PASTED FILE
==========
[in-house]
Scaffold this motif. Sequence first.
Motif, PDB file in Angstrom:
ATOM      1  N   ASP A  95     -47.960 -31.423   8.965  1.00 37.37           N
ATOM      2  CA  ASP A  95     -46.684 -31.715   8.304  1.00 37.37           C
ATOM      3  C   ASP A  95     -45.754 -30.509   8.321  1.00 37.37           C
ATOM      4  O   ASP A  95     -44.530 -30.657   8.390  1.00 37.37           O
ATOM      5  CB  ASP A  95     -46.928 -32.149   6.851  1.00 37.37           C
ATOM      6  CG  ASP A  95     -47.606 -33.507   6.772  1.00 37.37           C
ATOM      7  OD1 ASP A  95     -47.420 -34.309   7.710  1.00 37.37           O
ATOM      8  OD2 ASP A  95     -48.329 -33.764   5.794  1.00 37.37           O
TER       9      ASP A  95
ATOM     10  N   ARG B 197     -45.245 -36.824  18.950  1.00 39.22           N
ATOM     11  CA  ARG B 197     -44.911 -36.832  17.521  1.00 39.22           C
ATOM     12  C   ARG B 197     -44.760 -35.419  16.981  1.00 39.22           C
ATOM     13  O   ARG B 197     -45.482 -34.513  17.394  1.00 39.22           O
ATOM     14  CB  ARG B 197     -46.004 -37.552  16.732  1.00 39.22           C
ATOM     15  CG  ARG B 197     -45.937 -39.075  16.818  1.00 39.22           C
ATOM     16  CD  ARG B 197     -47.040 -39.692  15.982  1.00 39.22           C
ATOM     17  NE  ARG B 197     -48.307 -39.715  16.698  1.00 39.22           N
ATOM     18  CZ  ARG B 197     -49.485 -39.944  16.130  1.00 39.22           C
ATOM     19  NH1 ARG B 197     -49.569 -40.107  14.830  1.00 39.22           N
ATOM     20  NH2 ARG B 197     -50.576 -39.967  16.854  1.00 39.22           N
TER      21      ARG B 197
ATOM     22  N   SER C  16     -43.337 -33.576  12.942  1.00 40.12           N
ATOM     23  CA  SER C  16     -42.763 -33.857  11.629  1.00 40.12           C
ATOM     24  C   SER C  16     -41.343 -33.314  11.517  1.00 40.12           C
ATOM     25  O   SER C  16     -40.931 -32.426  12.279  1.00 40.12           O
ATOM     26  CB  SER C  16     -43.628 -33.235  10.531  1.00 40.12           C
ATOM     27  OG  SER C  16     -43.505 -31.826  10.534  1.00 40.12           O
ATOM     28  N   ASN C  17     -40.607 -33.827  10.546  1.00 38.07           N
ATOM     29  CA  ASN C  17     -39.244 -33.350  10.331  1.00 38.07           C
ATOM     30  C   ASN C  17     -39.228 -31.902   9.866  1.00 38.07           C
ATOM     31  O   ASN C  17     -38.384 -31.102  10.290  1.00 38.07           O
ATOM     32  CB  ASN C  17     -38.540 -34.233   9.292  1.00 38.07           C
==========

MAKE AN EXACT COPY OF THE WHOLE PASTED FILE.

[in-house]
Scaffold this motif. Sequence first.
Motif, PDB file in Angstrom:
ATOM      1  N   ASP A  95     -47.960 -31.423   8.965  1.00 37.37           N
ATOM      2  CA  ASP A  95     -46.684 -31.715   8.304  1.00 37.37           C
ATOM      3  C   ASP A  95     -45.754 -30.509   8.321  1.00 37.37           C
ATOM      4  O   ASP A  95     -44.530 -30.657   8.390  1.00 37.37           O
ATOM      5  CB  ASP A  95     -46.928 -32.149   6.851  1.00 37.37           C
ATOM      6  CG  ASP A  95     -47.606 -33.507   6.772  1.00 37.37           C
ATOM      7  OD1 ASP A  95     -47.420 -34.309   7.710  1.00 37.37           O
ATOM      8  OD2 ASP A  95     -48.329 -33.764   5.794  1.00 37.37           O
TER       9      ASP A  95
ATOM     10  N   ARG B 197     -45.245 -36.824  18.950  1.00 39.22           N
ATOM     11  CA  ARG B 197     -44.911 -36.832  17.521  1.00 39.22           C
ATOM     12  C   ARG B 197     -44.760 -35.419  16.981  1.00 39.22           C
ATOM     13  O   ARG B 197     -45.482 -34.513  17.394  1.00 39.22           O
ATOM     14  CB  ARG B 197     -46.004 -37.552  16.732  1.00 39.22           C
ATOM     15  CG  ARG B 197     -45.937 -39.075  16.818  1.00 39.22           C
ATOM     16  CD  ARG B 197     -47.040 -39.692  15.982  1.00 39.22           C
ATOM     17  NE  ARG B 197     -48.307 -39.715  16.698  1.00 39.22           N
ATOM     18  CZ  ARG B 197     -49.485 -39.944  16.130  1.00 39.22           C
ATOM     19  NH1 ARG B 197     -49.569 -40.107  14.830  1.00 39.22           N
ATOM     20  NH2 ARG B 197     -50.576 -39.967  16.854  1.00 39.22           N
TER      21      ARG B 197
ATOM     22  N   SER C  16     -43.337 -33.576  12.942  1.00 40.12           N
ATOM     23  CA  SER C  16     -42.763 -33.857  11.629  1.00 40.12           C
ATOM     24  C   SER C  16     -41.343 -33.314  11.517  1.00 40.12           C
ATOM     25  O   SER C  16     -40.931 -32.426  12.279  1.00 40.12           O
ATOM     26  CB  SER C  16     -43.628 -33.235  10.531  1.00 40.12           C
ATOM     27  OG  SER C  16     -43.505 -31.826  10.534  1.00 40.12           O
ATOM     28  N   ASN C  17     -40.607 -33.827  10.546  1.00 38.07           N
ATOM     29  CA  ASN C  17     -39.244 -33.350  10.331  1.00 38.07           C
ATOM     30  C   ASN C  17     -39.228 -31.902   9.866  1.00 38.07           C
ATOM     31  O   ASN C  17     -38.384 -31.102  10.290  1.00 38.07           O
ATOM     32  CB  ASN C  17     -38.540 -34.233   9.292  1.00 38.07           C